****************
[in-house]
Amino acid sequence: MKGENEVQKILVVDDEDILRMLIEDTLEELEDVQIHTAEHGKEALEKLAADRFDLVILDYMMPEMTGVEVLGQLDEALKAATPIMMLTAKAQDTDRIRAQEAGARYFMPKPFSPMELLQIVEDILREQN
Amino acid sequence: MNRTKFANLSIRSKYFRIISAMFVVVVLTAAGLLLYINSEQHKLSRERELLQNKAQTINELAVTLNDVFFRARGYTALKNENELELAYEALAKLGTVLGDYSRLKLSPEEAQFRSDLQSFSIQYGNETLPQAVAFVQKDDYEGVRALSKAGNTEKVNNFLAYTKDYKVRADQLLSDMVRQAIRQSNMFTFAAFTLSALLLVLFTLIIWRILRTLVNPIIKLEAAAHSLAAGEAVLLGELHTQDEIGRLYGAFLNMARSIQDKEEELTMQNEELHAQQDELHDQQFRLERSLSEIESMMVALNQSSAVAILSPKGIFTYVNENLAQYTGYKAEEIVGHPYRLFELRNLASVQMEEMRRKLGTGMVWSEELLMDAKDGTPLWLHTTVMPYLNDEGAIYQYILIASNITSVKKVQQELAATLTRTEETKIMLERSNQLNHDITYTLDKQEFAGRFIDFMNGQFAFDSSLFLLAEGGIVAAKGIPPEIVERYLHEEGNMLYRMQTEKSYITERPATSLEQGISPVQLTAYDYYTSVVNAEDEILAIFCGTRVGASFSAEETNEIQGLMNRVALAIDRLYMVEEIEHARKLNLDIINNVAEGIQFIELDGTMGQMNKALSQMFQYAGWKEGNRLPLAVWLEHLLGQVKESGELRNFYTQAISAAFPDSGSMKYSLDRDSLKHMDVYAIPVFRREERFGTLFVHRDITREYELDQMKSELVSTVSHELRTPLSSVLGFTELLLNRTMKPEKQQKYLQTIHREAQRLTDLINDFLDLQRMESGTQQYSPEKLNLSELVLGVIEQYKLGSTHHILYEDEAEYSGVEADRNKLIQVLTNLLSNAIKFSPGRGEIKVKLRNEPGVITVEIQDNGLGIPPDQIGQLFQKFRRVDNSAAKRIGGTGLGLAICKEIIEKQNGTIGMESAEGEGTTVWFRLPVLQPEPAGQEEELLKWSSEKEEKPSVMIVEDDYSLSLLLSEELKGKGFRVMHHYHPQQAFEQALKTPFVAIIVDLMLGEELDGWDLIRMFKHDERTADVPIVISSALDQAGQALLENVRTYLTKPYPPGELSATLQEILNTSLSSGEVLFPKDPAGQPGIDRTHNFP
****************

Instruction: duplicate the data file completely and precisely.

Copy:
[in-house]
Amino acid sequence: MKGENEVQKILVVDDEDILRMLIEDTLEELEDVQIHTAEHGKEALEKLAADRFDLVILDYMMPEMTGVEVLGQLDEALKAATPIMMLTAKAQDTDRIRAQEAGARYFMPKPFSPMELLQIVEDILREQN
Amino acid sequence: MNRTKFANLSIRSKYFRIISAMFVVVVLTAAGLLLYINSEQHKLSRERELLQNKAQTINELAVTLNDVFFRARGYTALKNENELELAYEALAKLGTVLGDYSRLKLSPEEAQFRSDLQSFSIQYGNETLPQAVAFVQKDDYEGVRALSKAGNTEKVNNFLAYTKDYKVRADQLLSDMVRQAIRQSNMFTFAAFTLSALLLVLFTLIIWRILRTLVNPIIKLEAAAHSLAAGEAVLLGELHTQDEIGRLYGAFLNMARSIQDKEEELTMQNEELHAQQDELHDQQFRLERSLSEIESMMVALNQSSAVAILSPKGIFTYVNENLAQYTGYKAEEIVGHPYRLFELRNLASVQMEEMRRKLGTGMVWSEELLMDAKDGTPLWLHTTVMPYLNDEGAIYQYILIASNITSVKKVQQELAATLTRTEETKIMLERSNQLNHDITYTLDKQEFAGRFIDFMNGQFAFDSSLFLLAEGGIVAAKGIPPEIVERYLHEEGNMLYRMQTEKSYITERPATSLEQGISPVQLTAYDYYTSVVNAEDEILAIFCGTRVGASFSAEETNEIQGLMNRVALAIDRLYMVEEIEHARKLNLDIINNVAEGIQFIELDGTMGQMNKALSQMFQYAGWKEGNRLPLAVWLEHLLGQVKESGELRNFYTQAISAAFPDSGSMKYSLDRDSLKHMDVYAIPVFRREERFGTLFVHRDITREYELDQMKSELVSTVSHELRTPLSSVLGFTELLLNRTMKPEKQQKYLQTIHREAQRLTDLINDFLDLQRMESGTQQYSPEKLNLSELVLGVIEQYKLGSTHHILYEDEAEYSGVEADRNKLIQVLTNLLSNAIKFSPGRGEIKVKLRNEPGVITVEIQDNGLGIPPDQIGQLFQKFRRVDNSAAKRIGGTGLGLAICKEIIEKQNGTIGMESAEGEGTTVWFRLPVLQPEPAGQEEELLKWSSEKEEKPSVMIVEDDYSLSLLLSEELKGKGFRVMHHYHPQQAFEQALKTPFVAIIVDLMLGEELDGWDLIRMFKHDERTADVPIVISSALDQAGQALLENVRTYLTKPYPPGELSATLQEILNTSLSSGEVLFPKDPAGQPGIDRTHNFP